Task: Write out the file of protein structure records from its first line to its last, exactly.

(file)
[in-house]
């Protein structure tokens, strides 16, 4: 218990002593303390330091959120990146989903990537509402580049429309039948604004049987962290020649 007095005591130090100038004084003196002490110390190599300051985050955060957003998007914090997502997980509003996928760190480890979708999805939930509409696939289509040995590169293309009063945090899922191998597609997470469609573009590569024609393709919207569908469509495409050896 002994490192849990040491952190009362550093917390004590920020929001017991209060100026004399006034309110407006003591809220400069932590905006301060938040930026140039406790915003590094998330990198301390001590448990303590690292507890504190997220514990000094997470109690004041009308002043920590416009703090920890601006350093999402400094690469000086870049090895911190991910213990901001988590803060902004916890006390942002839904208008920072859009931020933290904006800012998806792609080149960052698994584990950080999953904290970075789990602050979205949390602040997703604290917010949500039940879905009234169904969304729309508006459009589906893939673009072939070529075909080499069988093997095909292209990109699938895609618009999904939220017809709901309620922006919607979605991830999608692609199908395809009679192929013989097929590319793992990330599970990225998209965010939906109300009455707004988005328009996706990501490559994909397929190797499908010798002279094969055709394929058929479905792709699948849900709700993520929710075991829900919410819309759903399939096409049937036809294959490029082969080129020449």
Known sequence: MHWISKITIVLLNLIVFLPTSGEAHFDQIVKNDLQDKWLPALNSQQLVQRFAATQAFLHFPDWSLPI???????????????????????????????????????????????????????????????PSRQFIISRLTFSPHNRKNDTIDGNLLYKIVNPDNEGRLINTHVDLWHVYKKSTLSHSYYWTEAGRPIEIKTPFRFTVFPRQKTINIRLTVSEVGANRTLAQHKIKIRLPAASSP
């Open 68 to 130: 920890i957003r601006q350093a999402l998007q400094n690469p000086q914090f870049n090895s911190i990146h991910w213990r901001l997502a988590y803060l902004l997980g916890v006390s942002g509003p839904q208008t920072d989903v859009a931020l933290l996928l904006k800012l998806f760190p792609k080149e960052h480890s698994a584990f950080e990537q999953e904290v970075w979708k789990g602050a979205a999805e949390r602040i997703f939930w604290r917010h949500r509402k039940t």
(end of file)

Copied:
[in-house]
């Protein structure tokens, strides 16, 4: 218990002593303390330091959120990146989903990537509402580049429309039948604004049987962290020649 007095005591130090100038004084003196002490110390190599300051985050955060957003998007914090997502997980509003996928760190480890979708999805939930509409696939289509040995590169293309009063945090899922191998597609997470469609573009590569024609393709919207569908469509495409050896 002994490192849990040491952190009362550093917390004590920020929001017991209060100026004399006034309110407006003591809220400069932590905006301060938040930026140039406790915003590094998330990198301390001590448990303590690292507890504190997220514990000094997470109690004041009308002043920590416009703090920890601006350093999402400094690469000086870049090895911190991910213990901001988590803060902004916890006390942002839904208008920072859009931020933290904006800012998806792609080149960052698994584990950080999953904290970075789990602050979205949390602040997703604290917010949500039940879905009234169904969304729309508006459009589906893939673009072939070529075909080499069988093997095909292209990109699938895609618009999904939220017809709901309620922006919607979605991830999608692609199908395809009679192929013989097929590319793992990330599970990225998209965010939906109300009455707004988005328009996706990501490559994909397929190797499908010798002279094969055709394929058929479905792709699948849900709700993520929710075991829900919410819309759903399939096409049937036809294959490029082969080129020449």
Known sequence: MHWISKITIVLLNLIVFLPTSGEAHFDQIVKNDLQDKWLPALNSQQLVQRFAATQAFLHFPDWSLPI???????????????????????????????????????????????????????????????PSRQFIISRLTFSPHNRKNDTIDGNLLYKIVNPDNEGRLINTHVDLWHVYKKSTLSHSYYWTEAGRPIEIKTPFRFTVFPRQKTINIRLTVSEVGANRTLAQHKIKIRLPAASSP
């Open 68 to 130: 920890i957003r601006q350093a999402l998007q400094n690469p000086q914090f870049n090895s911190i990146h991910w213990r901001l997502a988590y803060l902004l997980g916890v006390s942002g509003p839904q208008t920072d989903v859009a931020l933290l996928l904006k800012l998806f760190p792609k080149e960052h480890s698994a584990f950080e990537q999953e904290v970075w979708k789990g602050a979205a999805e949390r602040i997703f939930w604290r917010h949500r509402k039940t």